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Doctoral Student Edward Foote Named Tech & Learning Leader of the Year

Doctoral Student Edward Foote Named Tech & Learning Leader of the Year

Edward Foote, a student in the Ed.D. Program in Education Leadership, has been named Leader of the Year by Tech & Learning magazine for his innovative work and use of technology in his teaching. Foote is a special education teacher at Jefferson Avenue Elementary School in the Fairport Central School District.

A profile of Foote appears at Tech Learning.

Sometimes you find the perfect job, and sometimes it finds you.

From Tech & Learning, October 15, 2008 "Once I started working with special needs students, I couldn't leave," says Edward Foote, who teaches fourth and fifth graders at the Jefferson Avenue Elementary School in Fairport, NY. "The challenge of creating the right program to get kids excited about school makes it a great field to work in."

Foote's students, who he teaches in a self-contained classroom and also in inclusion classes with the general student population, have disabilities that range from severe physical and emotional needs to autism. Foote also helped craft the district's elementary technology curriculum and teaches a variety of inservice classes.

His results are impressive: Last year the reading levels of his fourth graders increased more than a grade and a half within one year, and behavioral issues have decreased by over one half.

Now in his sixth year of teaching, Foote says his "aha" moment came when one of his students, a boy who was having trouble writing his name on assignments every week, thrashed him in a video game. "That was when I dove into learning about how technology can meet students' academic needs," he says.

Foote's teaching approach can be summed up thusly: Support students' learning styles and present information in new ways to find the correct method to increase academic achievement, self-image, and social abilities.

He starts by giving interest surveys to every student he works with. "I use the survey to open discussions about what content the students are viewing, to talk about acceptable use and reliability of information, and to use the topics or Web sites they like as positive reinforcement in behavior plans," he says.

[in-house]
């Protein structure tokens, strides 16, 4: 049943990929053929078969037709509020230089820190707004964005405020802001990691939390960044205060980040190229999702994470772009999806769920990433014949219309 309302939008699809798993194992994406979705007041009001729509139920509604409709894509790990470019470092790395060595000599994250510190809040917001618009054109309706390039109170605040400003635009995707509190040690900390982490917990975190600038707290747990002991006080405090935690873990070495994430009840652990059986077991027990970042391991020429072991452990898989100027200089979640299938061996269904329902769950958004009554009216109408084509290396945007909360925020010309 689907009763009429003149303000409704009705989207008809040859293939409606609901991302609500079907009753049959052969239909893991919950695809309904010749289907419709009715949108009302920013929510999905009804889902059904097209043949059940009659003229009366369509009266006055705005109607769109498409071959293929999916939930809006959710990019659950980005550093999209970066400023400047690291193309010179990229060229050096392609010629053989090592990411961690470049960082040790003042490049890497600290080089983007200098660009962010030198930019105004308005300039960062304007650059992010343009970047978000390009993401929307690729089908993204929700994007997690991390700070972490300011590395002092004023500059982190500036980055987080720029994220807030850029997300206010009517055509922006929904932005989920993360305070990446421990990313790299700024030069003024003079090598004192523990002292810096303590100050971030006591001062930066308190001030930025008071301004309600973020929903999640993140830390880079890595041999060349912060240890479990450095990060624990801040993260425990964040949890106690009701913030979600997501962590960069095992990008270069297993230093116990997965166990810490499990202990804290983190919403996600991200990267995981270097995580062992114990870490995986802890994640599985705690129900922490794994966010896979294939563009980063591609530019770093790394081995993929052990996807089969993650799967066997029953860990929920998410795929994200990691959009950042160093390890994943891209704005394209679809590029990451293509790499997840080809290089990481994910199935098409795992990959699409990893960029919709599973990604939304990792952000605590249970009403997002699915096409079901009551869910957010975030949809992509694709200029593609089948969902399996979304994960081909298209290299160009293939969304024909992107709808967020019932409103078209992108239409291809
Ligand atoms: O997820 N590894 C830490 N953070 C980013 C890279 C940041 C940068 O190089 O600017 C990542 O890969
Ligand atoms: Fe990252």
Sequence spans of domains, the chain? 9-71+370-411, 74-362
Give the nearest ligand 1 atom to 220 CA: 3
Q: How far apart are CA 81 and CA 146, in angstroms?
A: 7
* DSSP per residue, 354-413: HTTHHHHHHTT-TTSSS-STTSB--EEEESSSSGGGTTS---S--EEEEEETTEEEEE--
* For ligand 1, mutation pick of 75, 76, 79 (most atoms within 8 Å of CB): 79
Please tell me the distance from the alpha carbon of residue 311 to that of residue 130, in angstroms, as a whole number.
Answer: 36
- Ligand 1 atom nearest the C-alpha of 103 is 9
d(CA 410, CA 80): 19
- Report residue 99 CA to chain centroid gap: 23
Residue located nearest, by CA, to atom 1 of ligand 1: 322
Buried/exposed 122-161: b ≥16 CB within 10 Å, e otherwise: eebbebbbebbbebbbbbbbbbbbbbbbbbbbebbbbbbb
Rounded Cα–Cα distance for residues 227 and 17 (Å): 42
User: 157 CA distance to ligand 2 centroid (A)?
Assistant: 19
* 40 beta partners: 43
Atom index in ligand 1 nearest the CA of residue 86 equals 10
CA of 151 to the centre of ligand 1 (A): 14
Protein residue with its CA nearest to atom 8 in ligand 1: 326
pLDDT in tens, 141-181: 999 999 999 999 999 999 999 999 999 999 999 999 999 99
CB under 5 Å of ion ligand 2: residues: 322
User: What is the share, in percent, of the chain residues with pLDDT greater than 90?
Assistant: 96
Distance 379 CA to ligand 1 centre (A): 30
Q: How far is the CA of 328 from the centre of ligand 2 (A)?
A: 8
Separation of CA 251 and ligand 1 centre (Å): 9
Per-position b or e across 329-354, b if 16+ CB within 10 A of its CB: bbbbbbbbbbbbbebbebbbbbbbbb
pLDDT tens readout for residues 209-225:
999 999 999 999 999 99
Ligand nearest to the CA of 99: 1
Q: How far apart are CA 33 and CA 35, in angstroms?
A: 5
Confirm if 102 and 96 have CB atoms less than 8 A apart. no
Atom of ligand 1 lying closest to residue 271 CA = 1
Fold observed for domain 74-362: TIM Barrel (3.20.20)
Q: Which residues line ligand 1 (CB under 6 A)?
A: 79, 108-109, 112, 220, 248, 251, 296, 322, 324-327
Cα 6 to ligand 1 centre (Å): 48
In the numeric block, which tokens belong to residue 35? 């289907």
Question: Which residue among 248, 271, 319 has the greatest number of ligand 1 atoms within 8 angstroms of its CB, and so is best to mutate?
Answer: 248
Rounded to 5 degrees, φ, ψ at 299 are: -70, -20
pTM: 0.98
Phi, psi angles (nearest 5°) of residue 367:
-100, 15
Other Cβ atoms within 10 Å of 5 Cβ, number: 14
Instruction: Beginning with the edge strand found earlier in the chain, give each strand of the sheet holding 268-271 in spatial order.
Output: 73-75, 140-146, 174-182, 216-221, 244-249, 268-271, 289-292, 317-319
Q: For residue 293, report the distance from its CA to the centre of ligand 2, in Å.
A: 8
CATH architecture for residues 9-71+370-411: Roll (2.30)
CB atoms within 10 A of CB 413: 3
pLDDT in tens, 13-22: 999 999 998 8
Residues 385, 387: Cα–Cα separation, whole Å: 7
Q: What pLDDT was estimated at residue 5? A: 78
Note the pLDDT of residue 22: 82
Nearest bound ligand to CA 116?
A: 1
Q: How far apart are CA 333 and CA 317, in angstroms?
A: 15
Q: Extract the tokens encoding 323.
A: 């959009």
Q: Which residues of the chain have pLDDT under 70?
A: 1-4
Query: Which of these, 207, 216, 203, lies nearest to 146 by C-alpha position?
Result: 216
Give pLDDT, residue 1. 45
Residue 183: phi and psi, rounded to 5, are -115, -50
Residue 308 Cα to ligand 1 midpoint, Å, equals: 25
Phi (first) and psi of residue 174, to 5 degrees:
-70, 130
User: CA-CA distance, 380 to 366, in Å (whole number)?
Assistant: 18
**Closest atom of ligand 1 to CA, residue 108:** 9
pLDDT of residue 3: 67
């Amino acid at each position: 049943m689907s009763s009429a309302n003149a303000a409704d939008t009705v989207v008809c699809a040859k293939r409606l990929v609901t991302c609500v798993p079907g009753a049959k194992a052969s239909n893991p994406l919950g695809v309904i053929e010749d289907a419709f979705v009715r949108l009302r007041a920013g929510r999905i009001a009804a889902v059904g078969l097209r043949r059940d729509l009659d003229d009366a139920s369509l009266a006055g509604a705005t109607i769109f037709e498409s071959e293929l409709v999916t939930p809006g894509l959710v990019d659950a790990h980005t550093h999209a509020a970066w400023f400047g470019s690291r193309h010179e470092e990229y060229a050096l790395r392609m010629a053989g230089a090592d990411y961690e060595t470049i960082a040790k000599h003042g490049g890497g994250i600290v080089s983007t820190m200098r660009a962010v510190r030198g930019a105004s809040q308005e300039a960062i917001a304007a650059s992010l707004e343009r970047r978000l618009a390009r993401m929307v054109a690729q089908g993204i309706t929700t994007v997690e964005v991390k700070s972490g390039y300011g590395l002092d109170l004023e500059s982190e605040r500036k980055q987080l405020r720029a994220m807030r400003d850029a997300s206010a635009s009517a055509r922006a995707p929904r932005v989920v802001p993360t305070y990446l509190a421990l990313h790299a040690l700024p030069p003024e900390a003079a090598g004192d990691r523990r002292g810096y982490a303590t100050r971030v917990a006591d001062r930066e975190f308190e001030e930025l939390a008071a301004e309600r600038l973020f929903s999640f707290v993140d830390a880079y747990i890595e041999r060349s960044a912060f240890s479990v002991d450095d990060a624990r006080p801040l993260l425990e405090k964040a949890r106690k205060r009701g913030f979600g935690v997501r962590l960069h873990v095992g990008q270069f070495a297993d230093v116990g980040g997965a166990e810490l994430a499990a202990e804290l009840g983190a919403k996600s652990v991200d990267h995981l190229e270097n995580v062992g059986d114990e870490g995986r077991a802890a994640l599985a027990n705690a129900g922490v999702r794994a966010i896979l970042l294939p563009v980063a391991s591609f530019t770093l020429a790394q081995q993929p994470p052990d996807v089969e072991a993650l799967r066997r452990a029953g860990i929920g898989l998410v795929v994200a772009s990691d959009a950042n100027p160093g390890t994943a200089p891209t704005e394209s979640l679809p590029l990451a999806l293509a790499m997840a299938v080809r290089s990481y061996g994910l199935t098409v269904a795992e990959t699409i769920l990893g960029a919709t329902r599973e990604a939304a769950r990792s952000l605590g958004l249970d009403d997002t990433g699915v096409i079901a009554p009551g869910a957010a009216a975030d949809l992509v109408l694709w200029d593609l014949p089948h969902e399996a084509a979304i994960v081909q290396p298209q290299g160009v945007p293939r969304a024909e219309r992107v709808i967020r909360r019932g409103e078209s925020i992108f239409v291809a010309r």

One insight Foote gained from the surveys that he might not have otherwise was that students were interested in a foreign language. With that in mind, Foote formed a partnership with a high school Spanish class in New Jersey. The Spanish students created video lessons and then posted them on Foote's Web site. The two-year project, now ended, was mutually beneficial: Foote's students gained linguistic experience, cultural knowledge, and made personal connections with the high school students. The Spanish class was able to practice their coursework and learn how to use video and Web technologies.

Foote regularly places students in the role of teachers. One notable instance of this is the Student Technology Group (STG), in which students use their technology skills to improve aspects of school life. STG's Teacher Support Committee responds to presentation creation and troubleshooting requests, and conducts seminars for teachers on how to use electronic whiteboards, camcorders, and applications such as Skype. The STG uses Google Groups to communicate with each other and with STG "alumni" who serve as informal advisors.

Inside the classroom, Foote sees technology as an indispensable tool for facilitating authentic instruction—from students recording and playing back their own reading to using video to assess eye contact, voice projection, and information delivered. "The key here is that the students are using and seeing that the technology is seamless in the lesson and essential to the end result," he says, adding, "They are so used to using technologies outside of school that we are almost missing what they are capable of if we don't use them in school."

No surprise, then, that Foote is experimenting with video gaming. This year he launched a project using the Nintendo Wii. Once logged on to the game environment, students create a digital avatar, or "Mii," and use this identity to practice word play and learn science concepts, among other activities.

"Overall, I try to bring in cutting-edge technology and research to engage students, give them control and buy-in in their own school lives, improve student learning, and have fun and encourage play," says Foote.